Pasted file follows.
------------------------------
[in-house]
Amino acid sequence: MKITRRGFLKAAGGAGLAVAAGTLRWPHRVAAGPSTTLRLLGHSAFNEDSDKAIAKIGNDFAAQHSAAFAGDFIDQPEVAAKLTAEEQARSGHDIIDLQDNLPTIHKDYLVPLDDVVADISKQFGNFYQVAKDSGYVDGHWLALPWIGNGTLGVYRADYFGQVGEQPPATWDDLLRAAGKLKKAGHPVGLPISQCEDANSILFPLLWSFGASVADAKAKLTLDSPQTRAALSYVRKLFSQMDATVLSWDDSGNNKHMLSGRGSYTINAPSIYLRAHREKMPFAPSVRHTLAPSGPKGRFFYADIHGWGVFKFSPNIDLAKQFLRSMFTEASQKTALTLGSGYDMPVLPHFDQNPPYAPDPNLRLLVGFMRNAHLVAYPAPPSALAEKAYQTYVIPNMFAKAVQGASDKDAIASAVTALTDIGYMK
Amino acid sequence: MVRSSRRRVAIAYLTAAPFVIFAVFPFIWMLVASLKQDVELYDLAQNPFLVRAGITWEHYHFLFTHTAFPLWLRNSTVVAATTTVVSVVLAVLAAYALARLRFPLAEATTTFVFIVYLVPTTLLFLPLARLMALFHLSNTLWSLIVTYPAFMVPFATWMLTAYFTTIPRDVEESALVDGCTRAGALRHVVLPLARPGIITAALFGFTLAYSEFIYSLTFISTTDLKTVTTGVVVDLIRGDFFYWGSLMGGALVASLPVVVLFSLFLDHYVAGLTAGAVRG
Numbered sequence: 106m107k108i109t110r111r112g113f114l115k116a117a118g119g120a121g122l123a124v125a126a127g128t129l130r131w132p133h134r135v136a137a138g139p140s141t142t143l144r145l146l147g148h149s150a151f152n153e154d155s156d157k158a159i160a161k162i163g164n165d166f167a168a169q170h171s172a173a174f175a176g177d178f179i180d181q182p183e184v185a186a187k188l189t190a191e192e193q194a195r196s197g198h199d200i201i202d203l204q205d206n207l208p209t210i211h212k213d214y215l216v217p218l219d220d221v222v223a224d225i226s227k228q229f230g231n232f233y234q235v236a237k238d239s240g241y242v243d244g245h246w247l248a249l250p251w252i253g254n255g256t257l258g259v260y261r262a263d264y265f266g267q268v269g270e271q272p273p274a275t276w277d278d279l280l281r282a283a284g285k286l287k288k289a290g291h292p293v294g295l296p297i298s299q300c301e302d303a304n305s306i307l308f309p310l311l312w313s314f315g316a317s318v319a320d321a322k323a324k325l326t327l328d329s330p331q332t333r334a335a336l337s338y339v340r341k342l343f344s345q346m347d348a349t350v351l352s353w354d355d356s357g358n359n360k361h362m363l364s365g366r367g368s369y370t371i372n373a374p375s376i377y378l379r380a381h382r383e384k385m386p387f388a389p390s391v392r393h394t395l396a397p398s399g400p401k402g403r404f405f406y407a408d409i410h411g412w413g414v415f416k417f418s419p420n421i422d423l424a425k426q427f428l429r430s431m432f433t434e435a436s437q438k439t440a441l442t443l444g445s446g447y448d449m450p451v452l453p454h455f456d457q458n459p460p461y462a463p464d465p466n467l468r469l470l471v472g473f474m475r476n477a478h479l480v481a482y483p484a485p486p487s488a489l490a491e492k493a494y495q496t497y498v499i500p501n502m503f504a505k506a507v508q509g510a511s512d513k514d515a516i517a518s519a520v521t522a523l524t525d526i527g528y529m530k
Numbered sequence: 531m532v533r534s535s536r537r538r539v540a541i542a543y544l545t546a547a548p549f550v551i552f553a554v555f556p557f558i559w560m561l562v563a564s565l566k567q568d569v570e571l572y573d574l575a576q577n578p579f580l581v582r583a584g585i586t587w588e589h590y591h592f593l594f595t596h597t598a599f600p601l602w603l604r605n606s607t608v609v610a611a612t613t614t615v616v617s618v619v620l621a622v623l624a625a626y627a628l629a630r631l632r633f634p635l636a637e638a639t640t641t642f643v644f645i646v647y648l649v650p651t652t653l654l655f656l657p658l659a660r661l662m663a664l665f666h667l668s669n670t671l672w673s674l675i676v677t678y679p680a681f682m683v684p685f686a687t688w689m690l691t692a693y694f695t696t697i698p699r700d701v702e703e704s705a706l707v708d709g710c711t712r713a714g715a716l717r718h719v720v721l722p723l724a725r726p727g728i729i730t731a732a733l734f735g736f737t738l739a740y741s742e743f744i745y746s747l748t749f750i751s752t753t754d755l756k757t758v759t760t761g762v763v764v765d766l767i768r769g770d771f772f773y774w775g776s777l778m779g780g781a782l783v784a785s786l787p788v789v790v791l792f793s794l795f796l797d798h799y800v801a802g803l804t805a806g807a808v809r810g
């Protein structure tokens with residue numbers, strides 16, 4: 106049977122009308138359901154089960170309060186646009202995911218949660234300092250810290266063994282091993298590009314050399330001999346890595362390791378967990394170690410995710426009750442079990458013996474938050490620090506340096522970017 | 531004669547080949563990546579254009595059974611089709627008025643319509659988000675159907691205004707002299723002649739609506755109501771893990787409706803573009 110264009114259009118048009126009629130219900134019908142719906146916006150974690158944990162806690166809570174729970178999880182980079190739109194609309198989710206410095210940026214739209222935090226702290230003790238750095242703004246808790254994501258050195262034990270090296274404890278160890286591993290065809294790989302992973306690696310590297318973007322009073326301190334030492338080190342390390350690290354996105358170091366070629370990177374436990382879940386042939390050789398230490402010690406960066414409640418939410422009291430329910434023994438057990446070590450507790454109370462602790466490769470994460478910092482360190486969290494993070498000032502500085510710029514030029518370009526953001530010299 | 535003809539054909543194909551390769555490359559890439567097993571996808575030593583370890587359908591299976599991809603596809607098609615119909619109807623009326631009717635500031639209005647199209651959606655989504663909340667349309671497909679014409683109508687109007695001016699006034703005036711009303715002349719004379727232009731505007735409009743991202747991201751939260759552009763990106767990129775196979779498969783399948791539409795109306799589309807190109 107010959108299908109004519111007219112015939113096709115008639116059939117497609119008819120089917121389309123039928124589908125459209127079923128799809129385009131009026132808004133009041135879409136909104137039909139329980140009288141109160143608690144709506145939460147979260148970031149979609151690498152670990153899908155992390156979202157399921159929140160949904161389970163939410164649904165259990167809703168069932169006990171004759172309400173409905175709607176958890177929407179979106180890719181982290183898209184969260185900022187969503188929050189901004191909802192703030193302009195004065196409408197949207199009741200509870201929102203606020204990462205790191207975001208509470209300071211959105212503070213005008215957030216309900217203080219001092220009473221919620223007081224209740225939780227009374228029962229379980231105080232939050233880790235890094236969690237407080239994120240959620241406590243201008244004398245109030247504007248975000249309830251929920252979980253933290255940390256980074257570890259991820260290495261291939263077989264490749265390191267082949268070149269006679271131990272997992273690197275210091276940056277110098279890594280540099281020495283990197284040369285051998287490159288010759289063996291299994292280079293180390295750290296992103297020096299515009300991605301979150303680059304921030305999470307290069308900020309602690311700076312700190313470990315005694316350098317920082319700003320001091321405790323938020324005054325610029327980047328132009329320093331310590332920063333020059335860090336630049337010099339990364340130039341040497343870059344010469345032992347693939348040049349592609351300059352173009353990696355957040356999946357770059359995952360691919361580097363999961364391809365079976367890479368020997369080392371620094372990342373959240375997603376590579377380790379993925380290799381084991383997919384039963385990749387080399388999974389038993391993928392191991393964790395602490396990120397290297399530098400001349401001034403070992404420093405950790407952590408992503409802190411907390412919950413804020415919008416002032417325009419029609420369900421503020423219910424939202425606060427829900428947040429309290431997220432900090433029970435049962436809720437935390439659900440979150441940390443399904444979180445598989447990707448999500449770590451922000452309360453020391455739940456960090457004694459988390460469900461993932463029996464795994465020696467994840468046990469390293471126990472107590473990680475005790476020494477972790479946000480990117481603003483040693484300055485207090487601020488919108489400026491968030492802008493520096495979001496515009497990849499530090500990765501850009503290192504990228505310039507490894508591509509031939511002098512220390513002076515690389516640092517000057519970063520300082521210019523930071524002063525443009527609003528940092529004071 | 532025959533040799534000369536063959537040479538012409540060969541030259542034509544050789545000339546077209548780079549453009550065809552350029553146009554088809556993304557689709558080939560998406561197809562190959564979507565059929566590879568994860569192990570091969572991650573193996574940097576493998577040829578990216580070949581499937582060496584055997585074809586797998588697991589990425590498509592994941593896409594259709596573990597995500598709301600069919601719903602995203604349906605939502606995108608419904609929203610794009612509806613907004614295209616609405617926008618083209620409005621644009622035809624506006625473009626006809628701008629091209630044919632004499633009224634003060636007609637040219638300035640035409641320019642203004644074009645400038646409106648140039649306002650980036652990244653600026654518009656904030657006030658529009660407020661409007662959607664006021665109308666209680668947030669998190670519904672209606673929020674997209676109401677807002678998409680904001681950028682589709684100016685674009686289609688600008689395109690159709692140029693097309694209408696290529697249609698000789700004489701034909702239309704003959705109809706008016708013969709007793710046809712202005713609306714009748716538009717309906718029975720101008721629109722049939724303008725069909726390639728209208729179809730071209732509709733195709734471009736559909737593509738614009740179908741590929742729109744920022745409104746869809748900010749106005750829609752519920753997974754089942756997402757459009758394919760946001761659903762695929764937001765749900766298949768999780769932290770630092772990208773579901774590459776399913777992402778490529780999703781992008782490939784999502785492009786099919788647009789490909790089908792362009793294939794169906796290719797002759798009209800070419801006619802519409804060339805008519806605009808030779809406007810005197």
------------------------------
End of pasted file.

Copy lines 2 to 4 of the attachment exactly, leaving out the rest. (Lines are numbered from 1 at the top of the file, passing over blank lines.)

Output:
Amino acid sequence: MKITRRGFLKAAGGAGLAVAAGTLRWPHRVAAGPSTTLRLLGHSAFNEDSDKAIAKIGNDFAAQHSAAFAGDFIDQPEVAAKLTAEEQARSGHDIIDLQDNLPTIHKDYLVPLDDVVADISKQFGNFYQVAKDSGYVDGHWLALPWIGNGTLGVYRADYFGQVGEQPPATWDDLLRAAGKLKKAGHPVGLPISQCEDANSILFPLLWSFGASVADAKAKLTLDSPQTRAALSYVRKLFSQMDATVLSWDDSGNNKHMLSGRGSYTINAPSIYLRAHREKMPFAPSVRHTLAPSGPKGRFFYADIHGWGVFKFSPNIDLAKQFLRSMFTEASQKTALTLGSGYDMPVLPHFDQNPPYAPDPNLRLLVGFMRNAHLVAYPAPPSALAEKAYQTYVIPNMFAKAVQGASDKDAIASAVTALTDIGYMK
Amino acid sequence: MVRSSRRRVAIAYLTAAPFVIFAVFPFIWMLVASLKQDVELYDLAQNPFLVRAGITWEHYHFLFTHTAFPLWLRNSTVVAATTTVVSVVLAVLAAYALARLRFPLAEATTTFVFIVYLVPTTLLFLPLARLMALFHLSNTLWSLIVTYPAFMVPFATWMLTAYFTTIPRDVEESALVDGCTRAGALRHVVLPLARPGIITAALFGFTLAYSEFIYSLTFISTTDLKTVTTGVVVDLIRGDFFYWGSLMGGALVASLPVVVLFSLFLDHYVAGLTAGAVRG
Numbered sequence: 106m107k108i109t110r111r112g113f114l115k116a117a118g119g120a121g122l123a124v125a126a127g128t129l130r131w132p133h134r135v136a137a138g139p140s141t142t143l144r145l146l147g148h149s150a151f152n153e154d155s156d157k158a159i160a161k162i163g164n165d166f167a168a169q170h171s172a173a174f175a176g177d178f179i180d181q182p183e184v185a186a187k188l189t190a191e192e193q194a195r196s197g198h199d200i201i202d203l204q205d206n207l208p209t210i211h212k213d214y215l216v217p218l219d220d221v222v223a224d225i226s227k228q229f230g231n232f233y234q235v236a237k238d239s240g241y242v243d244g245h246w247l248a249l250p251w252i253g254n255g256t257l258g259v260y261r262a263d264y265f266g267q268v269g270e271q272p273p274a275t276w277d278d279l280l281r282a283a284g285k286l287k288k289a290g291h292p293v294g295l296p297i298s299q300c301e302d303a304n305s306i307l308f309p310l311l312w313s314f315g316a317s318v319a320d321a322k323a324k325l326t327l328d329s330p331q332t333r334a335a336l337s338y339v340r341k342l343f344s345q346m347d348a349t350v351l352s353w354d355d356s357g358n359n360k361h362m363l364s365g366r367g368s369y370t371i372n373a374p375s376i377y378l379r380a381h382r383e384k385m386p387f388a389p390s391v392r393h394t395l396a397p398s399g400p401k402g403r404f405f406y407a408d409i410h411g412w413g414v415f416k417f418s419p420n421i422d423l424a425k426q427f428l429r430s431m432f433t434e435a436s437q438k439t440a441l442t443l444g445s446g447y448d449m450p451v452l453p454h455f456d457q458n459p460p461y462a463p464d465p466n467l468r469l470l471v472g473f474m475r476n477a478h479l480v481a482y483p484a485p486p487s488a489l490a491e492k493a494y495q496t497y498v499i500p501n502m503f504a505k506a507v508q509g510a511s512d513k514d515a516i517a518s519a520v521t522a523l524t525d526i527g528y529m530k